In recent months, more monarch butterflies have wintered in Mexico than a year ago. This is shown in a report published by the Environment Ministry on Tuesday after the end of the season. After migrating about 4000 km from the United States and Canada, they settled over 35 percent more forest area in their Mexican winter quarters. The butterflies are now flying north.
From late November to late March, millions of orange and black monarch butterflies occupy 2.8 hectares of pine and pine forests in the states of Michoacán and Mexico. In the last season it was only 2.10 hectares – compared to 6.05 hectares in the winter of 2018/2019.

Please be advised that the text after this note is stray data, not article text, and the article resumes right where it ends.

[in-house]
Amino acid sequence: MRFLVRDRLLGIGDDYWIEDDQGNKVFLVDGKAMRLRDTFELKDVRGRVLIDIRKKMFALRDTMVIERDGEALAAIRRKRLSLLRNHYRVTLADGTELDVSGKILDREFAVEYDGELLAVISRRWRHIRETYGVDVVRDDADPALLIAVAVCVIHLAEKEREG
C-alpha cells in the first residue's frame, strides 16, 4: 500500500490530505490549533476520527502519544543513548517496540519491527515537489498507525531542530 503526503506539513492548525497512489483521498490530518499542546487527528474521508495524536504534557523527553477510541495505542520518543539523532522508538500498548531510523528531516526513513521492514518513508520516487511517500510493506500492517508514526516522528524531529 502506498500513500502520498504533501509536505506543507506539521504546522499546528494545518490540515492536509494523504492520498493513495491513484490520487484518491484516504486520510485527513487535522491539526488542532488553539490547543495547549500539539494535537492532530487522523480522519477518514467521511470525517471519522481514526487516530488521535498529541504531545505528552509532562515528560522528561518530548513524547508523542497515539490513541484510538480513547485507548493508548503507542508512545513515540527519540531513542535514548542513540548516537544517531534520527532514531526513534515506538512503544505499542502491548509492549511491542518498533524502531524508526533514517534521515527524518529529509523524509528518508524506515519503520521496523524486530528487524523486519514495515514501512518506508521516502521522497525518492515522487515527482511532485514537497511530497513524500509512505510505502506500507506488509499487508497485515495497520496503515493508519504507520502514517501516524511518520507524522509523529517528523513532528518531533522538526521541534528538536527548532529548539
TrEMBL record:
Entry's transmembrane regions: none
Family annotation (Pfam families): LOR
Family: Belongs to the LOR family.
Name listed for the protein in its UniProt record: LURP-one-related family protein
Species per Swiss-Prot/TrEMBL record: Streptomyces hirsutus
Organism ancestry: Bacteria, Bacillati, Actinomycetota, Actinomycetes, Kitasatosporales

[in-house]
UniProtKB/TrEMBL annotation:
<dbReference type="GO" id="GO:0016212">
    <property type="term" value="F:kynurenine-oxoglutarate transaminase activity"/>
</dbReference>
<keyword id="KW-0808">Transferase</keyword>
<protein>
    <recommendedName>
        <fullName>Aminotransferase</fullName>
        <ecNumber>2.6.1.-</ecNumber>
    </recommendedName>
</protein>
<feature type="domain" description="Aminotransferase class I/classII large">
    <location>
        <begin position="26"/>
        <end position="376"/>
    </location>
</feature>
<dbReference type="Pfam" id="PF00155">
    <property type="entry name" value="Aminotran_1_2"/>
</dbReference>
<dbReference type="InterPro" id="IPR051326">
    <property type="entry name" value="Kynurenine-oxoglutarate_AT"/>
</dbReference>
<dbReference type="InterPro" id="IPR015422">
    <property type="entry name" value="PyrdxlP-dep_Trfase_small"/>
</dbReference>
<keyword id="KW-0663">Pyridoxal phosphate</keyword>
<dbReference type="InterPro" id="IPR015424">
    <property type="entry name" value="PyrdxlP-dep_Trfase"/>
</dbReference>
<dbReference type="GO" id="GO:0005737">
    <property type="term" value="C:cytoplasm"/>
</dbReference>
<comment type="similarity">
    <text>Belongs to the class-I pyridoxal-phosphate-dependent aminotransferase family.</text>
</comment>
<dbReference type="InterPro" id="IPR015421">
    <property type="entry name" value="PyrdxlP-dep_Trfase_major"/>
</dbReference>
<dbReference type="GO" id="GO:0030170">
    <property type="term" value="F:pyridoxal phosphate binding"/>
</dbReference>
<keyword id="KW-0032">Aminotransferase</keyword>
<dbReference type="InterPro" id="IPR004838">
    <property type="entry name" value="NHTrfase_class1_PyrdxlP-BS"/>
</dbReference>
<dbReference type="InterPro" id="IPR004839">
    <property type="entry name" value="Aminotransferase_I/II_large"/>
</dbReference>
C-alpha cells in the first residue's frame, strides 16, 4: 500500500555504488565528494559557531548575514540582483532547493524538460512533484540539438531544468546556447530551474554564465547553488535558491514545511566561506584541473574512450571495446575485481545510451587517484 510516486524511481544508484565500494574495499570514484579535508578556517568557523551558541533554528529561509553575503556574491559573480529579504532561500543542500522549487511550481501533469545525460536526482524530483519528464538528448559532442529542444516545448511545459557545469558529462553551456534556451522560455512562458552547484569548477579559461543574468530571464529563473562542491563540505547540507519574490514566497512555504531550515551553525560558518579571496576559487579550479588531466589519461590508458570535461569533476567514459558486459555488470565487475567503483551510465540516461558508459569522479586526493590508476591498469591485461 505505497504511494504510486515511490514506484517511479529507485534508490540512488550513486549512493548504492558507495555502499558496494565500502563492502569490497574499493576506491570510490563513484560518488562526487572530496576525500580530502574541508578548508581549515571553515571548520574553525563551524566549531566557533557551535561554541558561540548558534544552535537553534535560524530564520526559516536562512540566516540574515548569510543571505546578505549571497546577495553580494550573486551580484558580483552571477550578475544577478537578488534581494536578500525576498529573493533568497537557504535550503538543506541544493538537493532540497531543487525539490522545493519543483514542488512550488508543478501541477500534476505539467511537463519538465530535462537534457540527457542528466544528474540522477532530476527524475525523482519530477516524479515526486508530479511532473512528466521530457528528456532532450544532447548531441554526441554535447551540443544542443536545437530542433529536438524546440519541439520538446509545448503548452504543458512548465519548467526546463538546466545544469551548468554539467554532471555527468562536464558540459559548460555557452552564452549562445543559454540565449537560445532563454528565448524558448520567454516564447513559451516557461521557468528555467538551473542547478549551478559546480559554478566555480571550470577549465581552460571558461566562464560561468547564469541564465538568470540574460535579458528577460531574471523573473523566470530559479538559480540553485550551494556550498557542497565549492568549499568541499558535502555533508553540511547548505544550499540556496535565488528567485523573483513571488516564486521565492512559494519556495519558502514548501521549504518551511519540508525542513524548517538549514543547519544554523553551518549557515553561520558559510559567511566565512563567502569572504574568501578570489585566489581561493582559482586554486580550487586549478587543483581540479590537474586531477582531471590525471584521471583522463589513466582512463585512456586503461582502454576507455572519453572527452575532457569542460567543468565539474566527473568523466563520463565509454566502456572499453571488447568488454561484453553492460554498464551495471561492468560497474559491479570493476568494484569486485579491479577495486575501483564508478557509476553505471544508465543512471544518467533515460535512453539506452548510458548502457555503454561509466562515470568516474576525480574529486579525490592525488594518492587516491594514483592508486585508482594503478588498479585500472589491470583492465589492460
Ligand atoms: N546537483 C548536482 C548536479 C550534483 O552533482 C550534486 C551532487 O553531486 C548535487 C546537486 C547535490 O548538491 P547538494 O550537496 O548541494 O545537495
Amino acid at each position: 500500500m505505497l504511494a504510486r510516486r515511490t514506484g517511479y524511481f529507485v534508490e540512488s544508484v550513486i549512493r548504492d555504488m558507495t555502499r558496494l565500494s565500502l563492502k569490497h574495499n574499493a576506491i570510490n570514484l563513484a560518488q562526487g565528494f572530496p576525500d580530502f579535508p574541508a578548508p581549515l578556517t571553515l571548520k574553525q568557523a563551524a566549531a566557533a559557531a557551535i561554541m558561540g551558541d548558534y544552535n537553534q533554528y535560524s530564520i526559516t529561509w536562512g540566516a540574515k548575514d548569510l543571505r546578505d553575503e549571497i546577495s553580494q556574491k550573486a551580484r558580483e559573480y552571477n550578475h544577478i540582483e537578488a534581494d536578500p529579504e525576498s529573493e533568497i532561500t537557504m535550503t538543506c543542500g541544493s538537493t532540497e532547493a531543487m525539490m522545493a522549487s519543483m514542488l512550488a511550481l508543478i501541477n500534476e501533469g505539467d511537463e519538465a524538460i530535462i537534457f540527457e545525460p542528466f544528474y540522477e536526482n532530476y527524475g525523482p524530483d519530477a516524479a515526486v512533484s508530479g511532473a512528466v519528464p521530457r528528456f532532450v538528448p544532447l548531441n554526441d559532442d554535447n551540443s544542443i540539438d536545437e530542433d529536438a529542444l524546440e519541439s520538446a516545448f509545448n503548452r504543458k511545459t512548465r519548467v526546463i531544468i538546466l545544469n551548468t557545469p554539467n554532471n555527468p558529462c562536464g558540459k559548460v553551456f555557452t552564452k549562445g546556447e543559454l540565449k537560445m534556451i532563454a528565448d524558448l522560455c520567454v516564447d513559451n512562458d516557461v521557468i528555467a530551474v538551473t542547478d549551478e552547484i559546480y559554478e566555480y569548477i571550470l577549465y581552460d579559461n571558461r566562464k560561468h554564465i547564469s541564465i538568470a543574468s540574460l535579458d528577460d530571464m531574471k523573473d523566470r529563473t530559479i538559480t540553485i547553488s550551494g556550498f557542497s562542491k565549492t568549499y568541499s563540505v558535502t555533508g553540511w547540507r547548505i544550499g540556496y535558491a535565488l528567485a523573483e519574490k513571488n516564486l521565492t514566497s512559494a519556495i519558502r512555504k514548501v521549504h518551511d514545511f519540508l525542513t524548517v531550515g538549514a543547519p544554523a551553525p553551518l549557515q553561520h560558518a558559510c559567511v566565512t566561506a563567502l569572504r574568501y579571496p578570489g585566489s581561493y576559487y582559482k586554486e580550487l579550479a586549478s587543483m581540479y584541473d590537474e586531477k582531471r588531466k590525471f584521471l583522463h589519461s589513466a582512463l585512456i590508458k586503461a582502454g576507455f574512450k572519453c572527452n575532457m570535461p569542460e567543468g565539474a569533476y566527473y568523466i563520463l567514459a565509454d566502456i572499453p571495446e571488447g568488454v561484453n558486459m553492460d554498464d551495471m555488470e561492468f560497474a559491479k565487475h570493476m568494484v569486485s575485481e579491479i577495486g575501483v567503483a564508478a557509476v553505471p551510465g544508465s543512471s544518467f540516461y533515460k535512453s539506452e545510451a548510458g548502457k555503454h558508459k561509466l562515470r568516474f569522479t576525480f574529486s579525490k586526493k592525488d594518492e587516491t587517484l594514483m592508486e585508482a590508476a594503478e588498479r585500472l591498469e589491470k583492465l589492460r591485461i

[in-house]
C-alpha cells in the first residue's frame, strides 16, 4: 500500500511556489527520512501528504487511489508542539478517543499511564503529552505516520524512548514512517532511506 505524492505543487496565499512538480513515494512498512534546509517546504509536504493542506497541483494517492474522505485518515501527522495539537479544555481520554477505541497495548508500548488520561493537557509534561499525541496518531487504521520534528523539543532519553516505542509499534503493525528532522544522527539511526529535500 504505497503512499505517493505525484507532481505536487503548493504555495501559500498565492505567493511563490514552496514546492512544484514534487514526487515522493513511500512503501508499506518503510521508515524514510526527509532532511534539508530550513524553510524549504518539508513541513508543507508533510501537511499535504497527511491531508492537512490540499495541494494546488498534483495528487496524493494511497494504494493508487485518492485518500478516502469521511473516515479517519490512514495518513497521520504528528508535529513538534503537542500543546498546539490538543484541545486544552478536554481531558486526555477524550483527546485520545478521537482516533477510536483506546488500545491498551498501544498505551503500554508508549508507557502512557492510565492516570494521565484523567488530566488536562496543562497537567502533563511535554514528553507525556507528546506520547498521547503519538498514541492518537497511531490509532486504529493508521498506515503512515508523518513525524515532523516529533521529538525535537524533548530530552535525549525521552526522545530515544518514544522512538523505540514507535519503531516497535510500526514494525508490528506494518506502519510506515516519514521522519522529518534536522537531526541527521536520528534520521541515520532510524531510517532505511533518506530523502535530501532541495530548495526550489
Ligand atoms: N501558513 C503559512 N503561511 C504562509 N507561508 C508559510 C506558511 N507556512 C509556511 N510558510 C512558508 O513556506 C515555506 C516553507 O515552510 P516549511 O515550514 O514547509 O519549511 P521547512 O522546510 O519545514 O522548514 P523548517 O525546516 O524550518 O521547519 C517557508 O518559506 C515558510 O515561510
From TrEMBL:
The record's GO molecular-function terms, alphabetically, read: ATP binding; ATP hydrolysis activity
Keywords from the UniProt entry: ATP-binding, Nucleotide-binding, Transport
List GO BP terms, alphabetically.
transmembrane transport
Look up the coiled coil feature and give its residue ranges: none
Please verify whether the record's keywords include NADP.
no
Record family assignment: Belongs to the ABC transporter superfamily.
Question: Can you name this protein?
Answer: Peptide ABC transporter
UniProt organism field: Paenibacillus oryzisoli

Since it is impossible to count butterflies, populations are measured in the occupied forest area. Butterflies are suffering from food shortages in the Americas, deforestation in Mexico, and climate change. The United States, Canada and Mexico work together to protect and monitor animals. The wintering quarters of monarch butterflies in the mountains of Mexico are at altitudes of 2400 to 3600 m.
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